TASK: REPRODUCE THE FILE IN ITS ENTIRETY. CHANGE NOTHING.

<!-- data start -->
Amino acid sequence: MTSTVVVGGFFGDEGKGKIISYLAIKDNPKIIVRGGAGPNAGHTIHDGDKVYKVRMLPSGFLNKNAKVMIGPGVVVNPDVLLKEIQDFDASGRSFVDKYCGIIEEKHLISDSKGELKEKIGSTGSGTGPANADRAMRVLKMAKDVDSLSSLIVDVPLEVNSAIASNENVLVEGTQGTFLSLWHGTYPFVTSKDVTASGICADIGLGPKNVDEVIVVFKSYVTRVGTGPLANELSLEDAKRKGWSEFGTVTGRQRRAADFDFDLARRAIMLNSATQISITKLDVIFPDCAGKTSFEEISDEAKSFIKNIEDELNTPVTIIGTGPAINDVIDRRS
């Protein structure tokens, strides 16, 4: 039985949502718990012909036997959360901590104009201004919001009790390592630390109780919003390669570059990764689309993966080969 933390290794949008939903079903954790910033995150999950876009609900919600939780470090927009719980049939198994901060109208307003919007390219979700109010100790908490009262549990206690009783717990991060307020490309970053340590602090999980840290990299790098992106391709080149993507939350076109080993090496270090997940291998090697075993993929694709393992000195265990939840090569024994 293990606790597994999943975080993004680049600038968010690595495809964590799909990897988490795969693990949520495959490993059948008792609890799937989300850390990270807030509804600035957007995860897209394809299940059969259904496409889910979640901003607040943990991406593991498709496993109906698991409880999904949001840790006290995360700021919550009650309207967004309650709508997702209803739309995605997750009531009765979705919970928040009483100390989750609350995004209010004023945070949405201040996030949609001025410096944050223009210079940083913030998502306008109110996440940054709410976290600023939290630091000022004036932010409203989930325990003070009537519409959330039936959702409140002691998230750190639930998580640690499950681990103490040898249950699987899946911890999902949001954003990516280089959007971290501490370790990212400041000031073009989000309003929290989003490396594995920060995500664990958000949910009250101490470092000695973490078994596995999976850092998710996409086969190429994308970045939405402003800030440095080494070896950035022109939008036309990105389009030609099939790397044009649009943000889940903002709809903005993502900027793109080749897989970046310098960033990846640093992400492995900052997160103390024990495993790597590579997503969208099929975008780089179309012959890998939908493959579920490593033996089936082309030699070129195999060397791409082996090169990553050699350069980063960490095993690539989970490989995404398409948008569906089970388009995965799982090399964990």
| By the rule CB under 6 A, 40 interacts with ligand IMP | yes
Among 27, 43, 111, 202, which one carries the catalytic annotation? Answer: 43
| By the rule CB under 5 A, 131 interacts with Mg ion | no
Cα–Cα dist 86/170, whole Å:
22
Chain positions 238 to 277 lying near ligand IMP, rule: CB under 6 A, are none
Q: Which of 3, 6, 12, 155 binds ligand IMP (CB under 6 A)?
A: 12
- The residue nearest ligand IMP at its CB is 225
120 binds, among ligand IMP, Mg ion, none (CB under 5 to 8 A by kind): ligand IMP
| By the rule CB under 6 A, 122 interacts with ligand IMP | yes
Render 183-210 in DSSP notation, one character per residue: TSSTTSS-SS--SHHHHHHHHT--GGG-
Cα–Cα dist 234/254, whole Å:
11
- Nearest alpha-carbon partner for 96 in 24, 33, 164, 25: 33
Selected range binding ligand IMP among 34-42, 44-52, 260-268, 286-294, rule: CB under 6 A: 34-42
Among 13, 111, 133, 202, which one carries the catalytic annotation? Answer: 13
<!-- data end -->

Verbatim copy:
Amino acid sequence: MTSTVVVGGFFGDEGKGKIISYLAIKDNPKIIVRGGAGPNAGHTIHDGDKVYKVRMLPSGFLNKNAKVMIGPGVVVNPDVLLKEIQDFDASGRSFVDKYCGIIEEKHLISDSKGELKEKIGSTGSGTGPANADRAMRVLKMAKDVDSLSSLIVDVPLEVNSAIASNENVLVEGTQGTFLSLWHGTYPFVTSKDVTASGICADIGLGPKNVDEVIVVFKSYVTRVGTGPLANELSLEDAKRKGWSEFGTVTGRQRRAADFDFDLARRAIMLNSATQISITKLDVIFPDCAGKTSFEEISDEAKSFIKNIEDELNTPVTIIGTGPAINDVIDRRS
């Protein structure tokens, strides 16, 4: 039985949502718990012909036997959360901590104009201004919001009790390592630390109780919003390669570059990764689309993966080969 933390290794949008939903079903954790910033995150999950876009609900919600939780470090927009719980049939198994901060109208307003919007390219979700109010100790908490009262549990206690009783717990991060307020490309970053340590602090999980840290990299790098992106391709080149993507939350076109080993090496270090997940291998090697075993993929694709393992000195265990939840090569024994 293990606790597994999943975080993004680049600038968010690595495809964590799909990897988490795969693990949520495959490993059948008792609890799937989300850390990270807030509804600035957007995860897209394809299940059969259904496409889910979640901003607040943990991406593991498709496993109906698991409880999904949001840790006290995360700021919550009650309207967004309650709508997702209803739309995605997750009531009765979705919970928040009483100390989750609350995004209010004023945070949405201040996030949609001025410096944050223009210079940083913030998502306008109110996440940054709410976290600023939290630091000022004036932010409203989930325990003070009537519409959330039936959702409140002691998230750190639930998580640690499950681990103490040898249950699987899946911890999902949001954003990516280089959007971290501490370790990212400041000031073009989000309003929290989003490396594995920060995500664990958000949910009250101490470092000695973490078994596995999976850092998710996409086969190429994308970045939405402003800030440095080494070896950035022109939008036309990105389009030609099939790397044009649009943000889940903002709809903005993502900027793109080749897989970046310098960033990846640093992400492995900052997160103390024990495993790597590579997503969208099929975008780089179309012959890998939908493959579920490593033996089936082309030699070129195999060397791409082996090169990553050699350069980063960490095993690539989970490989995404398409948008569906089970388009995965799982090399964990």
| By the rule CB under 6 A, 40 interacts with ligand IMP | yes
Among 27, 43, 111, 202, which one carries the catalytic annotation? Answer: 43
| By the rule CB under 5 A, 131 interacts with Mg ion | no
Cα–Cα dist 86/170, whole Å:
22
Chain positions 238 to 277 lying near ligand IMP, rule: CB under 6 A, are none
Q: Which of 3, 6, 12, 155 binds ligand IMP (CB under 6 A)?
A: 12
- The residue nearest ligand IMP at its CB is 225
120 binds, among ligand IMP, Mg ion, none (CB under 5 to 8 A by kind): ligand IMP
| By the rule CB under 6 A, 122 interacts with ligand IMP | yes
Render 183-210 in DSSP notation, one character per residue: TSSTTSS-SS--SHHHHHHHHT--GGG-
Cα–Cα dist 234/254, whole Å:
11
- Nearest alpha-carbon partner for 96 in 24, 33, 164, 25: 33
Selected range binding ligand IMP among 34-42, 44-52, 260-268, 286-294, rule: CB under 6 A: 34-42
Among 13, 111, 133, 202, which one carries the catalytic annotation? Answer: 13